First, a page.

Eldorado Couple Sentenced For Bankruptcy Fraud
Yesterday, a couple from Eldorado, Illinois, was sentenced on their convictions for bankruptcy fraud, the United States Attorney for the Southern District of Illinois, Stephen R. Wigginton, announced. Lucy J. McGill, 62, and Gary G. McGill, 69, were each sentenced to 2 years of probation, with 4 months of home confinement on electronic monitoring, 20 hours of public service, and ordered to pay fines of $1,000 each. The sentencing hearings were conducted by U.S. District Judge J. Phil Gilbert.
The sentencings follow the McGills’ guilty pleas in federal court in Benton, Illinois on June 5, 2014. Lucy McGill pled guilty to two counts of making false statements under penalty of perjury in a bankruptcy case, three counts of making false statements under oath in a bankruptcy case, and one count of falsifying records in a bankruptcy case. Gary McGill pleaded guilty to two counts of making false statements under penalty of perjury in a bankruptcy case and two counts of making false statements under oath in a bankruptcy case.
The McGills filed a chapter 7 bankruptcy case on February 25, 2009, in the United States Bankruptcy Court in Benton, Illinois.
Federal law requires that debtors who file for bankruptcy must disclose all of their assets. In addition, debtors are required to disclose certain financial transactions that they conducted prior to filing bankruptcy. The purpose of these disclosures is to ensure that all available funds can collected to pay the creditors as much as possible on the amounts they are owed.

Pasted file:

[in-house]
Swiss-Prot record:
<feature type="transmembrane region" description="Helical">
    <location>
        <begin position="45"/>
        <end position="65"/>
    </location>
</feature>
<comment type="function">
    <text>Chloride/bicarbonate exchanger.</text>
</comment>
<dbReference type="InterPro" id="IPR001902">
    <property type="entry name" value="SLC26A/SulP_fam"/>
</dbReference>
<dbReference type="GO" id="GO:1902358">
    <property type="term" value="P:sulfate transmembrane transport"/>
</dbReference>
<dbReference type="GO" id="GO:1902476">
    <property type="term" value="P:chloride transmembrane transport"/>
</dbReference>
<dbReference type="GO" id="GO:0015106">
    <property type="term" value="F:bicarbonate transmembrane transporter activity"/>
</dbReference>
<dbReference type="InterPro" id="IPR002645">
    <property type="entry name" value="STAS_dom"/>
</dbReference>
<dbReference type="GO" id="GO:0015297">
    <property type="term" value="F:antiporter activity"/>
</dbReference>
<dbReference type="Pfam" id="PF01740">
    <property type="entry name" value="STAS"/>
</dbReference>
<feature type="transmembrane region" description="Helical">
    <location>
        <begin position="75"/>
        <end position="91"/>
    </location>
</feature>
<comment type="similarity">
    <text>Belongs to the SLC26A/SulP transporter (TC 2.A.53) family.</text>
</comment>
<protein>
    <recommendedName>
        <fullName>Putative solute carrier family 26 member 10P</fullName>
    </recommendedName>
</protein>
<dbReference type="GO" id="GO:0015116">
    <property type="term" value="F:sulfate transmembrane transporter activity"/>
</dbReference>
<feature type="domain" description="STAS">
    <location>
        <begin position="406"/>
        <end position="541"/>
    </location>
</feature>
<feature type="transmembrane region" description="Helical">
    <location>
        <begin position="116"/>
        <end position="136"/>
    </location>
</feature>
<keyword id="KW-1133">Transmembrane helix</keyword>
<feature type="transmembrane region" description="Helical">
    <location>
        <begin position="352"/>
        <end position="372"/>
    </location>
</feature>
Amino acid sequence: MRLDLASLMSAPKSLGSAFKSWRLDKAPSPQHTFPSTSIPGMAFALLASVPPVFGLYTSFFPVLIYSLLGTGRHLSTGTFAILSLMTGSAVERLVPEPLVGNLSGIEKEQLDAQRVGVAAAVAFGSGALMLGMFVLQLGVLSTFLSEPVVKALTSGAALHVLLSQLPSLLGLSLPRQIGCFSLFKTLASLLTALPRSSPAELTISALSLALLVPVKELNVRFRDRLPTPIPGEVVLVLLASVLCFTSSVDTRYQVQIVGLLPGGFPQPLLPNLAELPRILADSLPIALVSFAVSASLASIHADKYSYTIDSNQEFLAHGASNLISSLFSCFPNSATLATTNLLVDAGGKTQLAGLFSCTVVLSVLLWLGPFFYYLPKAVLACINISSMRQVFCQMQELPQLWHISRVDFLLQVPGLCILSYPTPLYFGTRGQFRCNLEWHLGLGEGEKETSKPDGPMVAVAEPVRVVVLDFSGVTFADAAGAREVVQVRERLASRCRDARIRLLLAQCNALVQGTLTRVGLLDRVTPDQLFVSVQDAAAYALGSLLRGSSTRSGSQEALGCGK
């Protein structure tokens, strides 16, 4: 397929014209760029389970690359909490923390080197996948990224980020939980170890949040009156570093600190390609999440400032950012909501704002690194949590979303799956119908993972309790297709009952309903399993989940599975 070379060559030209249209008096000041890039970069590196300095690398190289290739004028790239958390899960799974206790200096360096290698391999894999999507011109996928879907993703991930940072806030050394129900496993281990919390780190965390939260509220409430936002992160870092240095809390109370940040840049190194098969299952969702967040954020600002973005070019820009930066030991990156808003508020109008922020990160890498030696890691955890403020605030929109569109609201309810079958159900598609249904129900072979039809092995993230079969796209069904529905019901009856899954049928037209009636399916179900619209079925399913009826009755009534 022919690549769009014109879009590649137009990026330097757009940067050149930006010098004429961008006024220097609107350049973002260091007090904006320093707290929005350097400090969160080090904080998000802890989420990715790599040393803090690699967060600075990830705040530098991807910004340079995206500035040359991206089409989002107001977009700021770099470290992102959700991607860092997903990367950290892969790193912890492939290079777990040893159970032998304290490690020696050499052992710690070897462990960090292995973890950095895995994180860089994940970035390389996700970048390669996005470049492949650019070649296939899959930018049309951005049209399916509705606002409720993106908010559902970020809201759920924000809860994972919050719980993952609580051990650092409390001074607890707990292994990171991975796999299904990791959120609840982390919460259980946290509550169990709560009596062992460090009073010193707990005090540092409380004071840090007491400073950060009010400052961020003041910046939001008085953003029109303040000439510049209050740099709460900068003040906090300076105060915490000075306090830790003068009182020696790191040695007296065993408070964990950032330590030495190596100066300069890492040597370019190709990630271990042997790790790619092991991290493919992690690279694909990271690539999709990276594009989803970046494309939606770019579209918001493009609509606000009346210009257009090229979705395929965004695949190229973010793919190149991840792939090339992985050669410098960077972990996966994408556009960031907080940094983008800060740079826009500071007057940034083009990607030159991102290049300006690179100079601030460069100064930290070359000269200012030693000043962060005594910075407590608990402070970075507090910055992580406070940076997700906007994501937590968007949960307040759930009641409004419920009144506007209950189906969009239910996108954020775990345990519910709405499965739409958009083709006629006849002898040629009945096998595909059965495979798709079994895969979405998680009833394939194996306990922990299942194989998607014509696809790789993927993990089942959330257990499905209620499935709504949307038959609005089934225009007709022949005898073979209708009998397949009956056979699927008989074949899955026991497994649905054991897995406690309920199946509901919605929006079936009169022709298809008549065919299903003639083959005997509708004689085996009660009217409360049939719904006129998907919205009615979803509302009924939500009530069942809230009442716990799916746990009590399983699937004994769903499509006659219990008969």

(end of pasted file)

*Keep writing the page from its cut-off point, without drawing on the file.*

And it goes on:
In their guilty pleas, Lucy and Gary McGill both admitted that they lied on a Statement of Financial Affairs that they filed with the Bankruptcy Court. The McGills falsely stated that $22,000 in two accounts in Lucy McGill’s name at SIU Credit Union belonged to Lucy McGill’s sister. In fact, that $22,000 had recently been paid to Gary McGill in settlement of two lawsuits. The McGills further admitted that they again lied on their Statement of Financial Affairs when they concealed the fact that they had recently given their son cash gifts totaling $6,800. The McGills continued to lie about these topics when they gave sworn testimony at a bankruptcy proceeding on April 3, 2009. Finally, Lucy McGill also admitted that she created fake receipts, purportedly showing that the cash in the SIU Credit Union accounts belonged to her sister, and then provided those receipts to the attorney administering her bankruptcy case.
In commenting on yesterday’s sentences, United States Attorney Wigginton said, “The United States Attorney’s Office for Southern Illinois remains committed to prosecuting individuals who commit bankruptcy fraud. This type of crime cheats creditors and represents a fraud on our federal courts. Bankruptcy should be a haven for those in need of its protections, not a place where people try to hide their assets from creditors.”
Nancy J. Gargula, United States Trustee for Southern Illinois, Central Illinois and Indiana (Region 10) stated, “Today’s proceedings make clear that this type of behavior will not be tolerated.” The U.S. Trustee Program is the component of the Justice Department that protects the integrity of the bankruptcy system by overseeing case administration and litigating to enforce the bankruptcy laws. Region 10 is headquartered in Indianapolis, with additional offices in South Bend, Ind., and Peoria, Ill. The charges resulted from a referral by the U.S. Trustee for Indiana and Central and Southern Illinois (Region 10) to the Southern District of Illinois Bankruptcy Fraud Working Group and U.S. Attorney.
The investigation was conducted by the Federal Bureau of Investigation. The case was prosecuted by Assistant United States Attorneys Scott A. Verseman.